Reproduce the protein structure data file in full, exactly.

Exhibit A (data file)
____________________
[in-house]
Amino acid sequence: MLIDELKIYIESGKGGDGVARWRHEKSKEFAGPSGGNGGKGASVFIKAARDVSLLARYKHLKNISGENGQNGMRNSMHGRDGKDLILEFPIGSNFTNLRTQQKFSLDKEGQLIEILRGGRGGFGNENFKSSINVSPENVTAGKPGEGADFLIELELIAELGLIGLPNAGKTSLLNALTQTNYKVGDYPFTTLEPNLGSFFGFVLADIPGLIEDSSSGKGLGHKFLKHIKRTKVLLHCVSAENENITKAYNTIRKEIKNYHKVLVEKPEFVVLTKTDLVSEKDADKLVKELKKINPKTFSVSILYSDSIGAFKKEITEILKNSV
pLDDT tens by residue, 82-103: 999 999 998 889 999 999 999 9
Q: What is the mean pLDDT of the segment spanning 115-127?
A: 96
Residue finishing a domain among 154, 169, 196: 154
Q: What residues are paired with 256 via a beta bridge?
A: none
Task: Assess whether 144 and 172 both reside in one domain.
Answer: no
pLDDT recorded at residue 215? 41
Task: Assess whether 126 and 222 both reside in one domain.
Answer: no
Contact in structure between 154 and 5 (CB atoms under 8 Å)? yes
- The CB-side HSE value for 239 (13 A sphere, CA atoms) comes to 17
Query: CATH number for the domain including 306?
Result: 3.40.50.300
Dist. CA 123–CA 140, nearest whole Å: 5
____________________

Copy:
[in-house]
Amino acid sequence: MLIDELKIYIESGKGGDGVARWRHEKSKEFAGPSGGNGGKGASVFIKAARDVSLLARYKHLKNISGENGQNGMRNSMHGRDGKDLILEFPIGSNFTNLRTQQKFSLDKEGQLIEILRGGRGGFGNENFKSSINVSPENVTAGKPGEGADFLIELELIAELGLIGLPNAGKTSLLNALTQTNYKVGDYPFTTLEPNLGSFFGFVLADIPGLIEDSSSGKGLGHKFLKHIKRTKVLLHCVSAENENITKAYNTIRKEIKNYHKVLVEKPEFVVLTKTDLVSEKDADKLVKELKKINPKTFSVSILYSDSIGAFKKEITEILKNSV
pLDDT tens by residue, 82-103: 999 999 998 889 999 999 999 9
Q: What is the mean pLDDT of the segment spanning 115-127?
A: 96
Residue finishing a domain among 154, 169, 196: 154
Q: What residues are paired with 256 via a beta bridge?
A: none
Task: Assess whether 144 and 172 both reside in one domain.
Answer: no
pLDDT recorded at residue 215? 41
Task: Assess whether 126 and 222 both reside in one domain.
Answer: no
Contact in structure between 154 and 5 (CB atoms under 8 Å)? yes
- The CB-side HSE value for 239 (13 A sphere, CA atoms) comes to 17
Query: CATH number for the domain including 306?
Result: 3.40.50.300
Dist. CA 123–CA 140, nearest whole Å: 5